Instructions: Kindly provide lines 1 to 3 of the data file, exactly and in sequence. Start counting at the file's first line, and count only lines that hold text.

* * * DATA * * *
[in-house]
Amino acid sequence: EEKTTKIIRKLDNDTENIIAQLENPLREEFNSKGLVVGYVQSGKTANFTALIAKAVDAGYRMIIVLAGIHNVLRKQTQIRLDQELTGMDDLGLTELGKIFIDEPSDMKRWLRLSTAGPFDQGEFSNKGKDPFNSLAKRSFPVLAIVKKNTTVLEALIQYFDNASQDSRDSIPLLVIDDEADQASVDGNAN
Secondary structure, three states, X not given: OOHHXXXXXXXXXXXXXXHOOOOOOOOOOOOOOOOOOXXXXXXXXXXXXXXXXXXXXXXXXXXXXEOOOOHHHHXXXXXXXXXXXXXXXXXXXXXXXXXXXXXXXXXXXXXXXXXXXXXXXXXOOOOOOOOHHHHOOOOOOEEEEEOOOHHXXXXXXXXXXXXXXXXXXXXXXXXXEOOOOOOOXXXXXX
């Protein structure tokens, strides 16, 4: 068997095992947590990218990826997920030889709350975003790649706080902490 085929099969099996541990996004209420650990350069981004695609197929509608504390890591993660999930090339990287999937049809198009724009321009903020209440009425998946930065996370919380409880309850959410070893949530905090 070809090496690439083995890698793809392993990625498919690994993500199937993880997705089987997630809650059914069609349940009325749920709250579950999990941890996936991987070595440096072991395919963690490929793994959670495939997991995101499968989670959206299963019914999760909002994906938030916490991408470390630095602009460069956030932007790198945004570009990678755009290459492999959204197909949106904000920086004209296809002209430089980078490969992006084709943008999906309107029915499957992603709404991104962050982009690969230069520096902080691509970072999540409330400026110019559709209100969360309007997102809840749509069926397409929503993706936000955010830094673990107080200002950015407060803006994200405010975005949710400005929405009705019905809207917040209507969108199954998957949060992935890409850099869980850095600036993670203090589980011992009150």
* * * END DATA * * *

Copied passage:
[in-house]
Amino acid sequence: EEKTTKIIRKLDNDTENIIAQLENPLREEFNSKGLVVGYVQSGKTANFTALIAKAVDAGYRMIIVLAGIHNVLRKQTQIRLDQELTGMDDLGLTELGKIFIDEPSDMKRWLRLSTAGPFDQGEFSNKGKDPFNSLAKRSFPVLAIVKKNTTVLEALIQYFDNASQDSRDSIPLLVIDDEADQASVDGNAN
Secondary structure, three states, X not given: OOHHXXXXXXXXXXXXXXHOOOOOOOOOOOOOOOOOOXXXXXXXXXXXXXXXXXXXXXXXXXXXXEOOOOHHHHXXXXXXXXXXXXXXXXXXXXXXXXXXXXXXXXXXXXXXXXXXXXXXXXXOOOOOOOOHHHHOOOOOOEEEEEOOOHHXXXXXXXXXXXXXXXXXXXXXXXXXEOOOOOOOXXXXXX